Prof. Jane Whittle (University of Exeter)
For years I have been frustrated by many historians’ approach to women’s ‘domestic work’. Domestic work is used as an explanation for women’s failure to contribute to the same extent as men to the rest of the economy, but is rarely subject to serious study in its own right. Additionally, writers were rarely clear what they meant by ‘domestic work’, and when they did specify its meaning, it was evident it meant significantly different things to different people. My article in Past & Present #243 on ‘A Critique of Approaches to “Domestic Work”’ is an attempt to unpick these issues. It was a journey that took me to unexpected destinations, and the more I probed, the bigger the issues involved became. As a result, the article ended up being about how we conceptualise work and the economy, tracing these ideas back into the history of economic thought. And the solutions lay primarily with the work of feminist development economists and political scientists in their blistering critiques of the real-world consequences of adopting a definition of work that prioritised men’s activities over women’s. Behind all this lay the work of economist Margaret Reid, who in her 1934 book Economics of Household Production offered an intelligent and workable solution to defining (women’s unpaid) work and its contribution to the economy. Despite the fact Reid was part of the Chicago School of Economics from 1951, it was the far more problematic work of her colleague Gary Becker that rose to prominence in the 1960s, and it was not until the 1990s that the UN adopted guidelines for classifying work in national accounting based on Reid’s ideas.The central issue of the article is how we conceptualise unpaid work within the home, work that is predominantly done by women. The commonplace present-day approach is to regard this as non-work, such as when people discuss ‘work-life balance’. In fact, what is normally being discussed is not the balance between work and life but between paid work and unpaid work – particularly unpaid care work and housework. While paid work is seen as part of the wider economy, unpaid work is not. Yet as feminists have been pointing out since the 1960s, unpaid work is actually a vital part of the economy. Estimates of the value of this unaccounted work to GDP in modern western societies vary from 19% to 60% of the accounted totals. When analysing societies based on small scale agriculture (‘peasant societies’ or preindustrial societies) the problems presented by this loose understanding of work become overwhelming: most work was unpaid, so how do we distinguish between those activities that contribute to the wider economy and those that do not? The typical approach, and the one I attempted to use in my earlier research, is to try and distinguish between those activities in the household economy that generated income and those which did not. This is impossible. Many activities were undertaken both to generate income and for direct subsistence, and other activities contributed to household prosperity by saving expenditure. As a result a shorthand often emerged (subconsciously?) among historians that saw all work undertaken by men as income generating, while women’s work was only regarded as income generating if it was paid, or very obviously led to a product that was sold (and sometimes not even then). This led to the conclusion that men’s work was more significant for the economy than women’s – but this is not a conclusion based on careful analysis of the economic worth or value of different tasks, but rather one that was inherent in the definition of work used. In other words, it was a presumption not a research finding. How can we find our way out of this mess? Margaret Reid suggested that work activities could be delineated from non-work activities by asking whether they could be substituted with paid services or purchased goods. If they can be substituted then the activities are work. Thus, for instance, childcare can be done by a paid worker, and cooking a meal can be substituted with the purchase of a ready-meal. On the other hand, you cannot pay someone to eat or sleep for you, or to enjoy a leisure activity (such as going to the cinema) for you. When this definition is applied to early modern England, housework and care work become part of the economy. What is more, this approach highlights a (perhaps surprising) fact about the preindustrial economy. Housework and care work were more commercialised then than they are in the modern western economies. The widespread employment of servants meant that this work was commonly done by paid workers. This also meant that early modern householders were well aware of the economic value (or cost) of such work.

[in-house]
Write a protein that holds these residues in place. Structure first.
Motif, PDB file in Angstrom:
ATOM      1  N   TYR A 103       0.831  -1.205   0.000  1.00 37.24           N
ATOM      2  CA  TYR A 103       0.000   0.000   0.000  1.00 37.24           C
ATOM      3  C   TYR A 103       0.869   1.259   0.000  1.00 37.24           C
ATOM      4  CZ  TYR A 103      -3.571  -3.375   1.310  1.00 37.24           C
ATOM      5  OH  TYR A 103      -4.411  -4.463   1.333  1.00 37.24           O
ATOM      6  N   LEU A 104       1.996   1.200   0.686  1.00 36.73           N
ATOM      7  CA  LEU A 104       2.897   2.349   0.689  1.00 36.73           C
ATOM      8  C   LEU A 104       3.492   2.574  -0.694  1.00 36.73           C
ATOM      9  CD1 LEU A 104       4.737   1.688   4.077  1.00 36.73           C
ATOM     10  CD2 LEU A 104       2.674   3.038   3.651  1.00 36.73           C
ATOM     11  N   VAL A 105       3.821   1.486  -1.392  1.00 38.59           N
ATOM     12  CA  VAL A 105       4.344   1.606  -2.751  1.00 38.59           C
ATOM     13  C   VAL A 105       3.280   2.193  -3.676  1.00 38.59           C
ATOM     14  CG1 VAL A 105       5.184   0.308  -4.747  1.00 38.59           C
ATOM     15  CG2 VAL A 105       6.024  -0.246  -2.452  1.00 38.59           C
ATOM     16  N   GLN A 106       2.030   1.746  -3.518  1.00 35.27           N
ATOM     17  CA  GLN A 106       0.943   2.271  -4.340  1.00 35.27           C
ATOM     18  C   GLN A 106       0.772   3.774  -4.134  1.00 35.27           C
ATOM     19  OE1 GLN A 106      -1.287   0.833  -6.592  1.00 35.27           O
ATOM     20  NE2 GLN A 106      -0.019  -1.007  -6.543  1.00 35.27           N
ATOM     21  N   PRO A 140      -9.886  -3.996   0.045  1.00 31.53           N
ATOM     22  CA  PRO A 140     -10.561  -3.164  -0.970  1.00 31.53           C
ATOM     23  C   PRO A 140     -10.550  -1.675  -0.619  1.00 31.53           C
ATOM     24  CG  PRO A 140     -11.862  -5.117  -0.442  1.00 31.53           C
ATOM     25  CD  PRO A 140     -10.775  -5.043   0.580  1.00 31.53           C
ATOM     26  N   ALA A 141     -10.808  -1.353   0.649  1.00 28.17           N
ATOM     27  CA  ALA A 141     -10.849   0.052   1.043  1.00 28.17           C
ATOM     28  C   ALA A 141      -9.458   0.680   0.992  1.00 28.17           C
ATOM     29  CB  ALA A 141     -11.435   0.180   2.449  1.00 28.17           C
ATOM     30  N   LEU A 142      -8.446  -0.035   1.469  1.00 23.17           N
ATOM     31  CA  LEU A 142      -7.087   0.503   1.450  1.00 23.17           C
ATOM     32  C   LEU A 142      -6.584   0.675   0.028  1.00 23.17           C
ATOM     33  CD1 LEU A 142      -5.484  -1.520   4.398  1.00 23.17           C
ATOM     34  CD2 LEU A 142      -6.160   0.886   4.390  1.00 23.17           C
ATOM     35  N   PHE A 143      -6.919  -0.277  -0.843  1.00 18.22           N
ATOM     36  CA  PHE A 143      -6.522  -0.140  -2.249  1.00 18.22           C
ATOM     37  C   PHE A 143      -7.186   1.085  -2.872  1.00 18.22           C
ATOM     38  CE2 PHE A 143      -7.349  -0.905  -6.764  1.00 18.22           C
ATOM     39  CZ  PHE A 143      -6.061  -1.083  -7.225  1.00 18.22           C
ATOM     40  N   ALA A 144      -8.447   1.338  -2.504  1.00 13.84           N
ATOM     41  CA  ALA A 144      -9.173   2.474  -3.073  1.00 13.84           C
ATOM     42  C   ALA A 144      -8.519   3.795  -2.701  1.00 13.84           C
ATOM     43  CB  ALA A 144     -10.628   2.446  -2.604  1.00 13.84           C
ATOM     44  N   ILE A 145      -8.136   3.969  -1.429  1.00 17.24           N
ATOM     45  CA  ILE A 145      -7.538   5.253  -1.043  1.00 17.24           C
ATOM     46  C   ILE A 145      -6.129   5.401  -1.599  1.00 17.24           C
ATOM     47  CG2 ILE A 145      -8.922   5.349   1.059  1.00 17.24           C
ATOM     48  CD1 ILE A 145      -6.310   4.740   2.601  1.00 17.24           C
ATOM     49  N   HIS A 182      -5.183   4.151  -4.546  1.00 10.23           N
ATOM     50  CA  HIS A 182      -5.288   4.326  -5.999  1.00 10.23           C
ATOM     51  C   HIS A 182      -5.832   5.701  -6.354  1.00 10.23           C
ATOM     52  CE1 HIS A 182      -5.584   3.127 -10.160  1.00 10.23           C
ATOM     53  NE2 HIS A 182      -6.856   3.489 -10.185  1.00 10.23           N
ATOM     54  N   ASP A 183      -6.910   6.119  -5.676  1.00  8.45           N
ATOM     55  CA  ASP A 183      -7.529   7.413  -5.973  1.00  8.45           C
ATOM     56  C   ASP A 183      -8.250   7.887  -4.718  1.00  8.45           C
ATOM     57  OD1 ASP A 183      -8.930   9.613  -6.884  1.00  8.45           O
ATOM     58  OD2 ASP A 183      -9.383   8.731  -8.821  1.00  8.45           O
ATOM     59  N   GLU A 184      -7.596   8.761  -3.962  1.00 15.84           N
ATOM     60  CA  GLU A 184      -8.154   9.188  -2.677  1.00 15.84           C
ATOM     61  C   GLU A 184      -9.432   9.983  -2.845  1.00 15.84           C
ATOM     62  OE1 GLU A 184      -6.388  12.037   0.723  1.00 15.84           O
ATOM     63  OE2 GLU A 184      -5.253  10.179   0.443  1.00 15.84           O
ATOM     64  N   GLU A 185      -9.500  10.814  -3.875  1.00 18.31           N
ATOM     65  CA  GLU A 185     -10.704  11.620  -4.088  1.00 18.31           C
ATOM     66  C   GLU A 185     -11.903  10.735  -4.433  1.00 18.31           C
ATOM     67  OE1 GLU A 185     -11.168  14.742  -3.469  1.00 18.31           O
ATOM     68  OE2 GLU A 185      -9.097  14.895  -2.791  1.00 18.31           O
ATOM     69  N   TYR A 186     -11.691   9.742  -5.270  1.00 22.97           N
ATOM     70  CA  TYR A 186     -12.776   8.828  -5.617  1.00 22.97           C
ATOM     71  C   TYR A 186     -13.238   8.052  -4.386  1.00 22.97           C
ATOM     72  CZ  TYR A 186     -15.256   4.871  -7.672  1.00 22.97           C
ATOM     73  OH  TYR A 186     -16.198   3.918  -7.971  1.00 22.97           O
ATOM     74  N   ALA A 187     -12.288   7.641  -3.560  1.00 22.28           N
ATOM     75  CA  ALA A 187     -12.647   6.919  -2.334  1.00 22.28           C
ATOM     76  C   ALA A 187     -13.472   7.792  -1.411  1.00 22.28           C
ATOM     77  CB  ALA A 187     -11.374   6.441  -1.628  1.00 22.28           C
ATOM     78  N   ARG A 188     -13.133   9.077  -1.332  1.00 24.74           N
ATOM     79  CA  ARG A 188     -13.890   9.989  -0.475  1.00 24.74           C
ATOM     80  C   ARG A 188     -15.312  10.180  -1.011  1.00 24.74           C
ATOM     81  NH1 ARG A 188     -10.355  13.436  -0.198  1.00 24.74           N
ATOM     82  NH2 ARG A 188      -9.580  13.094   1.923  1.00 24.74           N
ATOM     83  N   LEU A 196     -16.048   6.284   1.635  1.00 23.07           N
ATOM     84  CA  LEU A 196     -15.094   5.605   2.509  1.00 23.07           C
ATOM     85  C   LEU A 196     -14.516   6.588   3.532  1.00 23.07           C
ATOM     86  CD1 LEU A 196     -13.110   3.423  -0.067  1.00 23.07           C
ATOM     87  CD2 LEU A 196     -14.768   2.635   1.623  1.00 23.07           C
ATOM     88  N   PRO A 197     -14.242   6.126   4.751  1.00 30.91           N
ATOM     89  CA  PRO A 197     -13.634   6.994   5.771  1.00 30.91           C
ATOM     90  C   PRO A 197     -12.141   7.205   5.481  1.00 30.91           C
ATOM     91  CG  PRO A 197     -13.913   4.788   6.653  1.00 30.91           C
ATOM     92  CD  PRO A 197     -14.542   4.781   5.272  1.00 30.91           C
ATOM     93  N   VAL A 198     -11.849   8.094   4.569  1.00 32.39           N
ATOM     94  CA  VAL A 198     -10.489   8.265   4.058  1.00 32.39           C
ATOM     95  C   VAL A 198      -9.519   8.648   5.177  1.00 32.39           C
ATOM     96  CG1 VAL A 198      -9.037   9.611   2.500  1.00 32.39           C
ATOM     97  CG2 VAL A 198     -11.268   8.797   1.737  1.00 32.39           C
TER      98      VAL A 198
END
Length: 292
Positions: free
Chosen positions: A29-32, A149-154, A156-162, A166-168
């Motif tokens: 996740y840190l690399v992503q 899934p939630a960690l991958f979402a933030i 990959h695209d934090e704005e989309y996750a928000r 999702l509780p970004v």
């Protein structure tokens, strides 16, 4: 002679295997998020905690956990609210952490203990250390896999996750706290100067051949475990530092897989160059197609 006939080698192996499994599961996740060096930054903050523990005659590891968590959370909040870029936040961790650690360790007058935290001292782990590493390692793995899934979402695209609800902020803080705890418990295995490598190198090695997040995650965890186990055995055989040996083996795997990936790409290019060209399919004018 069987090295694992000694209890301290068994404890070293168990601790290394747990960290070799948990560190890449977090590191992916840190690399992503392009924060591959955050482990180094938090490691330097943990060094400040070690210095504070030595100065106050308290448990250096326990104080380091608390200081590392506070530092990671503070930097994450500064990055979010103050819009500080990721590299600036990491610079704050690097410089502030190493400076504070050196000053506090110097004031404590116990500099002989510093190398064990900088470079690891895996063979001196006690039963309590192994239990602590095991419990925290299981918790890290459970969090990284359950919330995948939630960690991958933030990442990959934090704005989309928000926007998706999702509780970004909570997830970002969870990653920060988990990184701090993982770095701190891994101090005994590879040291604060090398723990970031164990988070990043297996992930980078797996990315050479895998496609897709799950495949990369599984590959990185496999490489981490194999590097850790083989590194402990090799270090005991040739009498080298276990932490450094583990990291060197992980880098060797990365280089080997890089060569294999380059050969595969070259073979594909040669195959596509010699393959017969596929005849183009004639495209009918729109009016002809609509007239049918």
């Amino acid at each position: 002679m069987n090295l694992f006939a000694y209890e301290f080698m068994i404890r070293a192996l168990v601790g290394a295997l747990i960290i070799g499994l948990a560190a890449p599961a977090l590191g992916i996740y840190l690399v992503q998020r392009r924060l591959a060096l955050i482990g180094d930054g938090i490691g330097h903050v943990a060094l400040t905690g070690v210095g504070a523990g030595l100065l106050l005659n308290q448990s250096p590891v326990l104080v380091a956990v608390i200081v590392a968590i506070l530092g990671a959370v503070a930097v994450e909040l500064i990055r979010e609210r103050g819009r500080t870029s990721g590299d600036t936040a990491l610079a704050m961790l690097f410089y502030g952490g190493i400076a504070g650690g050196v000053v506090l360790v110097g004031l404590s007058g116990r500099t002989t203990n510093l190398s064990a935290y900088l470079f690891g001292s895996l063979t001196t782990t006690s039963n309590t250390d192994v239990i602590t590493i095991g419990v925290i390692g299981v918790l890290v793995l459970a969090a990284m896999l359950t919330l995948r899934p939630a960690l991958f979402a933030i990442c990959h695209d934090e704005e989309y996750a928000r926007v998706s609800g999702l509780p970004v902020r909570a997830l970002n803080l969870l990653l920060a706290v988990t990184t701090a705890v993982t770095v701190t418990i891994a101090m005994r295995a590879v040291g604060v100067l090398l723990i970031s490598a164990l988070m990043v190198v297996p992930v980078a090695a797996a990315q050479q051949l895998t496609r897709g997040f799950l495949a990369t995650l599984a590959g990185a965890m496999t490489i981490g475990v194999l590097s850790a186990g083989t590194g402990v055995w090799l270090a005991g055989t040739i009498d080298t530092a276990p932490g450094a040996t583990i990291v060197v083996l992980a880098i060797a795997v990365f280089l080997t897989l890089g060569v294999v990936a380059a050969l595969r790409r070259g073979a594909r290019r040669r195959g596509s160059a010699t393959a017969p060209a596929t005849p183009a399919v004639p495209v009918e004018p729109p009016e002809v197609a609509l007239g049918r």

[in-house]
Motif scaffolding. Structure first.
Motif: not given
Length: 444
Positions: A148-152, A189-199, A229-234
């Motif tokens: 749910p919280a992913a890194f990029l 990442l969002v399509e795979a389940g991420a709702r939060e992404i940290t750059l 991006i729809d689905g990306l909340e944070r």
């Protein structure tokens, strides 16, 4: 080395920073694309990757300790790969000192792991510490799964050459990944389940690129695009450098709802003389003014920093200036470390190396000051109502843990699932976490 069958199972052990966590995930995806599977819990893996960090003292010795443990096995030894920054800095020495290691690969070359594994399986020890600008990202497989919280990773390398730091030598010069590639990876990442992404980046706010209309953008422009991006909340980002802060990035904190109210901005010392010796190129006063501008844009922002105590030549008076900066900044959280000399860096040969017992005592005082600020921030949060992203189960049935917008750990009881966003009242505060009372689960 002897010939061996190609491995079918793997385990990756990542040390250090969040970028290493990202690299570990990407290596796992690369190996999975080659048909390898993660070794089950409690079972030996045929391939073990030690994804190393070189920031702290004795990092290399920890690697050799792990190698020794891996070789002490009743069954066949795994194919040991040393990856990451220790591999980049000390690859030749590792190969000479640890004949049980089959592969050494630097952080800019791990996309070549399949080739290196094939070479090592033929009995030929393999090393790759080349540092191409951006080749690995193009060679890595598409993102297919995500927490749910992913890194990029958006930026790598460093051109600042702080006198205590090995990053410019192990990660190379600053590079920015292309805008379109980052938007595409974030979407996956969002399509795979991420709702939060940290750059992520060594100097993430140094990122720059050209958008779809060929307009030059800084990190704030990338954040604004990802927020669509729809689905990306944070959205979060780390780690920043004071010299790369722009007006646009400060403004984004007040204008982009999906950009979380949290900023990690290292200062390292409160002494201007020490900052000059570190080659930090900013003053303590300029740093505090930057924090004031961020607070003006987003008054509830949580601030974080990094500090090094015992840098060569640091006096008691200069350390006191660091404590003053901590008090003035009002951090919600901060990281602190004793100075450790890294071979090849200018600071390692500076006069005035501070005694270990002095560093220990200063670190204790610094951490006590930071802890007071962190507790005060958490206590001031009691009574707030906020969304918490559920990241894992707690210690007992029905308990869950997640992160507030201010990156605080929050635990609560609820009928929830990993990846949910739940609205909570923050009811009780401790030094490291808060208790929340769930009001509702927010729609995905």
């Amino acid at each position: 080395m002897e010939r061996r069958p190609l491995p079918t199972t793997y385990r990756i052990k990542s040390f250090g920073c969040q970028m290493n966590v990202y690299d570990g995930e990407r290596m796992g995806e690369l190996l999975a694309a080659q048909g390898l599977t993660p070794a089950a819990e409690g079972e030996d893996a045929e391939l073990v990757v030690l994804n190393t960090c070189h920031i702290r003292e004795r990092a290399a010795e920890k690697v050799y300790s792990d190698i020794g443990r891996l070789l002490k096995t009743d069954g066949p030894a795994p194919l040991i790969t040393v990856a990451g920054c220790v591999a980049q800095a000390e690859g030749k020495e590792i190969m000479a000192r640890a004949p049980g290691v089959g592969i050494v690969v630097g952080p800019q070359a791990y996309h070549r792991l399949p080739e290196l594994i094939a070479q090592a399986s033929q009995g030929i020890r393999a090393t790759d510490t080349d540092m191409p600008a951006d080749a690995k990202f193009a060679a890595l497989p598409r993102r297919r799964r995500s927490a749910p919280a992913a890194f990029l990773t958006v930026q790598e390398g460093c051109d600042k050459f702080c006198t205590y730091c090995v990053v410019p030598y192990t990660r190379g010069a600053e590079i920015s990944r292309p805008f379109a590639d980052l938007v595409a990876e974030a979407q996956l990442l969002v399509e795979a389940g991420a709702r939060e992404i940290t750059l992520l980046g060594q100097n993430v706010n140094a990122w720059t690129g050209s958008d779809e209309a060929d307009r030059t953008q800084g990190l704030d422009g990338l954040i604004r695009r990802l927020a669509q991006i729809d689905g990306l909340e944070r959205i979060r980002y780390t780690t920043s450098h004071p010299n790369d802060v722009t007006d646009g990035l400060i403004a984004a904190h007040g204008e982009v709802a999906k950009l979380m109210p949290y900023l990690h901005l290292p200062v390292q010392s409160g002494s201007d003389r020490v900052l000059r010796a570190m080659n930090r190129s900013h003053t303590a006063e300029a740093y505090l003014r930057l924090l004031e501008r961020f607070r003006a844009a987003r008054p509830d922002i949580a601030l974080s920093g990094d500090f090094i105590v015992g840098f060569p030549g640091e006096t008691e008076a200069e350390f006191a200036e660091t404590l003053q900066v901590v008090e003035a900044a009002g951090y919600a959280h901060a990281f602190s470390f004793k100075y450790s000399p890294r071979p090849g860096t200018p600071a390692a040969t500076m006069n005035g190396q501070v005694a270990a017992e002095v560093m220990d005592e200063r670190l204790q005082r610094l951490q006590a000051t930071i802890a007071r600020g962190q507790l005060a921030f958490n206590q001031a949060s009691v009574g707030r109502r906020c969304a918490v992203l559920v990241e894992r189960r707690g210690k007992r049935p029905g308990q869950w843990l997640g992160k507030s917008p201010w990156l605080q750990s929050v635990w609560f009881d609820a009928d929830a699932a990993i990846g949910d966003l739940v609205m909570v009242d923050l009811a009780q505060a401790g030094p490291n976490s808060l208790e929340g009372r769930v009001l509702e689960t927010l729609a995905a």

Evidence from a task-based study of women’s work, conducted by Mark Hailwood and myself, demonstrates that married women’s working lives were not dominated by housework and care work, as is often assumed. While other parts of the economy became more reliant on wage labour over time, housework and care work were de-commercialised. This was a gradual process given the large numbers of domestic servants employed in the nineteenth century, and it was only in the 20th century that the idea of a married women devoting the great majority of her working life to the unpaid care of her family and home became entrenched. Thus, the article concludes not only that housework and care work have always been an essential part of the economy, and should be conceptualised as such, but that these forms of work have an interesting and overlooked history: they are not unchanging but have been substantially transformed over time by technology and culture.